Hogeschool van Amsterdam

Brexit: where does U!REKA stand?

24 Jun 2019 15:16 | Communication

With Brexit looming, what is U!REKA doing to safeguard its partnerships with UK-based institutions, such as Edinburgh Napier? How are the consortium partners supporting students and staff in the midst of uncertainties around Brexit?

Brexit background

In 2016, the British people voted to leave the European Union in the so-called 'Brexit' referendum. This means that citizens who hold British passports will lose their EU membership status. As it now stands, Britain will leave the EU on ‘Brexit day’, which could be 31 October 2019, or sooner.

It is also unclear whether a Deal with the rest of the EU regarding future relations will be finalised before the deadline. A No Deal situation is the default outcome if negotiations and political processes continue beyond the deadline. However, for UK students and staff studying and working abroad, the impact could be highly disruptive. Various international projects and activities between UK institutions and other European partners may also be affected.

U!REKA’s position

The U!REKA Steering Committee, which includes Frank Dievernich (Frankfurt), Koen Goethals (Ghent), Huib de Jong (Amsterdam), Riitta Konkola (Helsinki), Curt Rice (Oslo) and Alistair Sambell (Edinburgh), has issued the following declaration on Brexit:

U!REKA acknowledges the agreement on the withdrawal of the UK from the EU and the UK’s desire to have a full participation in the ninth EU framework programme on research and innovation (Horizon Europe). U!REKA believes that co-operation between universities, industry and other agencies and student and staff exchange is a core condition in promoting equity and justice in Europe and a key variable in dealing with the complex cultural, social and technological challenges in the urban areas in Europe. In that context it is essential that UK partners continue to be involved in science, innovation and (student and staff) exchange networks in Europe. U!REKA therefore calls upon all countries involved to find a way that will allow researchers from the UK to continue to participate in all elements and instruments of the European Research Area.

As a consortium, we strongly emphasise the crucial importance of our relationship with our UK partners.  U!REKA’s Steering Committee therefore recently shared this declaration with the European Commission, calling for secured continued access for all UK higher education institutions - particular Edinburgh Napier University – so they can continue their participation in all EU education, research and innovation networks.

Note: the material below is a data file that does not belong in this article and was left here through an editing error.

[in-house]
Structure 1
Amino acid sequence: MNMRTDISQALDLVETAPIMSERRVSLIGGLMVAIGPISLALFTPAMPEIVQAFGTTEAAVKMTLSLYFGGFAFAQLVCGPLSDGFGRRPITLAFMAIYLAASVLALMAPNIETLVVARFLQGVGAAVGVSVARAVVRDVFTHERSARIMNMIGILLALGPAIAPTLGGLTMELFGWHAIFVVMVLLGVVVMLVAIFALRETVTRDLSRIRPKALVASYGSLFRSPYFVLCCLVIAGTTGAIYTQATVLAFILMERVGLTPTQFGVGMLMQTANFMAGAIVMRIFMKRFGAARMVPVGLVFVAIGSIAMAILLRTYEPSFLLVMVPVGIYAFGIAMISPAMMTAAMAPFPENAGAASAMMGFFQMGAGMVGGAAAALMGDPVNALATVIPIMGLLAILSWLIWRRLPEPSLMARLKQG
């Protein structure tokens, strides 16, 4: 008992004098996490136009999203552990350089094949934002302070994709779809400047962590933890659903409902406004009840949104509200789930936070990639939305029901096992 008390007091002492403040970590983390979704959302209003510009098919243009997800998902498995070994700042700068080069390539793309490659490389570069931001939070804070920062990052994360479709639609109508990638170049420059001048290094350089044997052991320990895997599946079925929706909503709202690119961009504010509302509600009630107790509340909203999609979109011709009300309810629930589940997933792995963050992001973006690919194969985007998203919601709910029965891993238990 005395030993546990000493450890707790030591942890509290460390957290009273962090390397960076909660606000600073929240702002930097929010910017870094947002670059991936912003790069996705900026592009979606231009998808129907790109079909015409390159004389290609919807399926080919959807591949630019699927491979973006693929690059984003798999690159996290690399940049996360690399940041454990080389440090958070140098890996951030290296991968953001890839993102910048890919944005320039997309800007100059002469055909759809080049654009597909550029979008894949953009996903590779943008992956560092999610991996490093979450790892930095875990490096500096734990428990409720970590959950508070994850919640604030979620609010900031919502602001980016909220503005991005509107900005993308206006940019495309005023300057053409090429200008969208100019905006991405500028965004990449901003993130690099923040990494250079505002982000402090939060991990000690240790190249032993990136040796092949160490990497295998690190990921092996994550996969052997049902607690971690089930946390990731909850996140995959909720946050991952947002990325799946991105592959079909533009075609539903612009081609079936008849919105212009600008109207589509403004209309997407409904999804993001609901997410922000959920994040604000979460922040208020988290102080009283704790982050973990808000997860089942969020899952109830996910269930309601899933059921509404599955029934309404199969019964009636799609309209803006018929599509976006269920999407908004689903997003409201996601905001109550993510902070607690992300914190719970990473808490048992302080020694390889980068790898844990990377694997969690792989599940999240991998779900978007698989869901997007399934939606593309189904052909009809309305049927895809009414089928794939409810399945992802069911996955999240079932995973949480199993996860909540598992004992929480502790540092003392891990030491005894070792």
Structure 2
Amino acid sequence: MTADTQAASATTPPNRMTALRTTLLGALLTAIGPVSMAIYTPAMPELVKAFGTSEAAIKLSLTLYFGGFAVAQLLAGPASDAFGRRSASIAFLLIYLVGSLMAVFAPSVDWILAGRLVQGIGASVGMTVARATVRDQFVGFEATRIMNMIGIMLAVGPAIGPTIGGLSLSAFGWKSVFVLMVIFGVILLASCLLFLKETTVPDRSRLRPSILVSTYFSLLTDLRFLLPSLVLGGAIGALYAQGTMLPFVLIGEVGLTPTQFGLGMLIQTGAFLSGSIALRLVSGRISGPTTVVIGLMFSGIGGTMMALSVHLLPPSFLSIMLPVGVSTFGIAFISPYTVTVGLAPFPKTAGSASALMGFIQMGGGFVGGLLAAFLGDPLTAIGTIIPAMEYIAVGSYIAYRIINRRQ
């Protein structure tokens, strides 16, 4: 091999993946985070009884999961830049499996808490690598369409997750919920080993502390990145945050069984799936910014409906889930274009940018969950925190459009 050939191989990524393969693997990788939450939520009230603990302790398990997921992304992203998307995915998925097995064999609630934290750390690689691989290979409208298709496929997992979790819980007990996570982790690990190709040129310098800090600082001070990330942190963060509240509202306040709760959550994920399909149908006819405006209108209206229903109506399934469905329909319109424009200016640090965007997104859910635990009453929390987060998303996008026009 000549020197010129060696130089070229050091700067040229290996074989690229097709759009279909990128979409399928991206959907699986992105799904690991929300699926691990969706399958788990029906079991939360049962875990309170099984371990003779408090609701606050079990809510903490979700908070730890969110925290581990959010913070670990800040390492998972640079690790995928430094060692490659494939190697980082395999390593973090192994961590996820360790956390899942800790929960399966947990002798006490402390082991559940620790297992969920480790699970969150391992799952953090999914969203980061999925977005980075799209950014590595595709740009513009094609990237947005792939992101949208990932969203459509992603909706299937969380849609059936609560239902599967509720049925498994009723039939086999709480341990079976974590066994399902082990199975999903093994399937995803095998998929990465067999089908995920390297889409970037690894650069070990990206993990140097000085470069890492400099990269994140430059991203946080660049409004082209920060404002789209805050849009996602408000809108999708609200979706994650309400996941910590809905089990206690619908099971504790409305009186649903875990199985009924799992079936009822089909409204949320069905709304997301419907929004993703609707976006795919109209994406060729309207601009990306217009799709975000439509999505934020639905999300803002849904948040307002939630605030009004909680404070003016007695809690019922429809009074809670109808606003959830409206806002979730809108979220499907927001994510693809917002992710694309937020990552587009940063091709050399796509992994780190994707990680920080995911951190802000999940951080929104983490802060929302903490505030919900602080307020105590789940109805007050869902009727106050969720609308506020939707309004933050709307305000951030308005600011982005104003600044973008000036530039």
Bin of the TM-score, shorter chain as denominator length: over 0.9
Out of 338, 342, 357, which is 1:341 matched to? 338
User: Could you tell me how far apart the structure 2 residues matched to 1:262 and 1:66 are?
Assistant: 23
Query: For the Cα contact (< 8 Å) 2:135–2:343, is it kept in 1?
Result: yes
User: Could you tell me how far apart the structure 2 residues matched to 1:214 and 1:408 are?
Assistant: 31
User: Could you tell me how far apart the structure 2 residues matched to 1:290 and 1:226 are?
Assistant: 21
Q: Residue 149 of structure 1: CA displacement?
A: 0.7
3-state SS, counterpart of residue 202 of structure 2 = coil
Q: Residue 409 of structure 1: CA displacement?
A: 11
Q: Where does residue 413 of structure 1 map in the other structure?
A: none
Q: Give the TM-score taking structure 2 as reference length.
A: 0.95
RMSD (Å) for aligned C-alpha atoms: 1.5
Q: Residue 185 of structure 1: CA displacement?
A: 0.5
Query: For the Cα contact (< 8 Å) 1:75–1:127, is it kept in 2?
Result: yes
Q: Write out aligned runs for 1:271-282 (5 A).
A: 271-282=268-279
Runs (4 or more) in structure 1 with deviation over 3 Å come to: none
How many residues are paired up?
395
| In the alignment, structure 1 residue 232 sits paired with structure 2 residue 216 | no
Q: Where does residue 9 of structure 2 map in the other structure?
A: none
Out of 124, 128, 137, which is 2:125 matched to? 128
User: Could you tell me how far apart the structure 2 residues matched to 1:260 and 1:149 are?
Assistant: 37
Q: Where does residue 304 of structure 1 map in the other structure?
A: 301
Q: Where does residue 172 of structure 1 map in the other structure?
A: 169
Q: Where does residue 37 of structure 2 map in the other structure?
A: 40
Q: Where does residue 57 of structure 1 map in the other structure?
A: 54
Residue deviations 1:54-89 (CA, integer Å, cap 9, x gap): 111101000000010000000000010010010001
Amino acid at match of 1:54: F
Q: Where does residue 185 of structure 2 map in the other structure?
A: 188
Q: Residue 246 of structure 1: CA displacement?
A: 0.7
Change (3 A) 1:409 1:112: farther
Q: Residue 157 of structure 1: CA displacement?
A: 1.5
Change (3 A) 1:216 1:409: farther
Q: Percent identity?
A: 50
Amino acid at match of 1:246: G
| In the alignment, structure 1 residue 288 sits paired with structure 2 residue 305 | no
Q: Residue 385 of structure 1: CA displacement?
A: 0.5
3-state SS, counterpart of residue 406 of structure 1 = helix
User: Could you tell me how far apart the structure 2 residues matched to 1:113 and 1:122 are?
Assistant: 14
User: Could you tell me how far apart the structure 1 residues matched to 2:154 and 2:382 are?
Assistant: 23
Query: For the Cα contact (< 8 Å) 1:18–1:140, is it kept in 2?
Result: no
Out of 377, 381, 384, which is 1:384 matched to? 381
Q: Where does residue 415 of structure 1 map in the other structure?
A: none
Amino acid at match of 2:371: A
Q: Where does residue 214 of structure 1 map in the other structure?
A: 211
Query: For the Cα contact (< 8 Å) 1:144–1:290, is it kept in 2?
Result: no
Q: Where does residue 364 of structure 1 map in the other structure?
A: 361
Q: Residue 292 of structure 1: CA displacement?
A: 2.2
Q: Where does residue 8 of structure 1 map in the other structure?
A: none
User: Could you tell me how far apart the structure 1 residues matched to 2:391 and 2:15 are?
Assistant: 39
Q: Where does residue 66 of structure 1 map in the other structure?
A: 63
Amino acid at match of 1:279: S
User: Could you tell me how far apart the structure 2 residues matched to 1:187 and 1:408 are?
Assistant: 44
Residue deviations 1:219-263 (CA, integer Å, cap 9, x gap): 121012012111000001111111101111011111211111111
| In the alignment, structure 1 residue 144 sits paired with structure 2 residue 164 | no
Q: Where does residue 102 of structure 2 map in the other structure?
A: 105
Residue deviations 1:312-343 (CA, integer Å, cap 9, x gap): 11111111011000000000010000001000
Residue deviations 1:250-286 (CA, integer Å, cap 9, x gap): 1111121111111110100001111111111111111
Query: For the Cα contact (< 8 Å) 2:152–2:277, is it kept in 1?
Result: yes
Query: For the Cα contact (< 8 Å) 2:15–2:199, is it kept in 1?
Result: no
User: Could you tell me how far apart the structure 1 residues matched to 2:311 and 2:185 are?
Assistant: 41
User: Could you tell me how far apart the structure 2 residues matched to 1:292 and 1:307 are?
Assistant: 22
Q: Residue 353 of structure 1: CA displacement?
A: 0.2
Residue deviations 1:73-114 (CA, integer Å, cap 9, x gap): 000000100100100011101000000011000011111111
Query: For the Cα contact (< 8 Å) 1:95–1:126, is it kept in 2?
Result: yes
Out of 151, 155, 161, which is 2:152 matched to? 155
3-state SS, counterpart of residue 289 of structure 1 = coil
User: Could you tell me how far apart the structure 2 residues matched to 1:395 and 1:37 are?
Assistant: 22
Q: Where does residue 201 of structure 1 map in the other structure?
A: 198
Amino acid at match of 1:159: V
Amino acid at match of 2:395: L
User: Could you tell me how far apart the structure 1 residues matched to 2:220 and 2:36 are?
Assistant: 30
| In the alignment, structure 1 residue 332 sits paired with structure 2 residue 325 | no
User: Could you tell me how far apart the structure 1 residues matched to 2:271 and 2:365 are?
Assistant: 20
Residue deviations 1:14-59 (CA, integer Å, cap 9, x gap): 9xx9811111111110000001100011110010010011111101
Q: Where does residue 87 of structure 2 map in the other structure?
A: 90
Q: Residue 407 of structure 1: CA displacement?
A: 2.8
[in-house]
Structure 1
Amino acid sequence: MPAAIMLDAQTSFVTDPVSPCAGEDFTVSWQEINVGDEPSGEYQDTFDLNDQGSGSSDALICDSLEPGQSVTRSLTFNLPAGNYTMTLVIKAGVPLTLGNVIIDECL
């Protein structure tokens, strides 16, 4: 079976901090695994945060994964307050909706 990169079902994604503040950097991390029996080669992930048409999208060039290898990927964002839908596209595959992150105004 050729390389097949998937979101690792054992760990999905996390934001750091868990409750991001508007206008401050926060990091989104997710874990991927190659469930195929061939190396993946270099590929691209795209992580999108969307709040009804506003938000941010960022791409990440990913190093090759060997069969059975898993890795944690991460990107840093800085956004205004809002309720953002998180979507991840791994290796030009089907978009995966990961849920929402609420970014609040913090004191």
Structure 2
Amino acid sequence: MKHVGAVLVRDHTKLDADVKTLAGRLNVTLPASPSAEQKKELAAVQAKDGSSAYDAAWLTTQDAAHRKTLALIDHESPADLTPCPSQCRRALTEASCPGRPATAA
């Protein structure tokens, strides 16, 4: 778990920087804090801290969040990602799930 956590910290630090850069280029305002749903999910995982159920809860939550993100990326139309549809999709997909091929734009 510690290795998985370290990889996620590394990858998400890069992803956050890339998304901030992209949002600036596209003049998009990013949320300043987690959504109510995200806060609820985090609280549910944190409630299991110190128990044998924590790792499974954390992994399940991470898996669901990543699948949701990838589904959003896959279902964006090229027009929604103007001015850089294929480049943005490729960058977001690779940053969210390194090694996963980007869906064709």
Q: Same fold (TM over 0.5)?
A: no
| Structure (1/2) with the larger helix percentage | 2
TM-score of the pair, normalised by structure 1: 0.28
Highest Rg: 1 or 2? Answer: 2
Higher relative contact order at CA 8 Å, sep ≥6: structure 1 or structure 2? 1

Local initiatives

Are you wondering if there are implications for you as a staff member or student at a U!REKA partner institution? There are various information hubs and resources to support you and answer your questions, depending on the country where you are based. 

The Amsterdam University of Applied Sciences has set up a decicated ‘Brexit Hub‘ where students and staff members can access relevant information about Brexit.

Are you wondering if there are consequences for you as an AUAS student or stafff member in relation to Brexit? Browse the Brexit Hub for information about various topics related to Brexit and its impact on the AUAS, and you.

Information for students 
Information for staff

Edinburg Napier has various resources available for its various stakeholders. Information can be accessed via the links below, tailored to the following groups:

New applicants from the EU
Current students
Exchange students
All stakeholders

It’s also interesting to note that the Scottish Government has confirmed that EU citizens who study in Scotland in the 2020/2021 academic year will be charged the same tuition fees as Scottish students for the entirety of their courses. This means that the vast majority of EU students will be guaranteed free tuition, regardless of the outcome of Brexit.

The Scottish Government launched a heartfelt campaign on 29 March (the original date that the UK had planned to leave the EU) to declare its enduring love for Europe. It stresses that Scotland remains committed to being a country where Europeans can live, work, study, visit and do business.

The International Office at the Frankfurt University of Applied Sciences is the main point of contact for students, professors and staff seeking information about how Brexit will impact its mobility programmes. Stakeholders can also access relevant information on the affected programmes on the Frankfurt UAS website. In principle, Frankfurt UAS strives to uphold all existing contracts following Brexit. Negotiations are currently ongoing with various UK-based partners.

Metropolia University of Applied Sciences in Helsinki, Finland is striving to sustain and develop its partnership relations with its current UK partners.  

It is also informing its students and staff affected by Brexit of the current developments and their impact on international mobility, partnerships, degree studies, and research-related co-operation (RDI). Information for degree students is available on Metropolia’s website.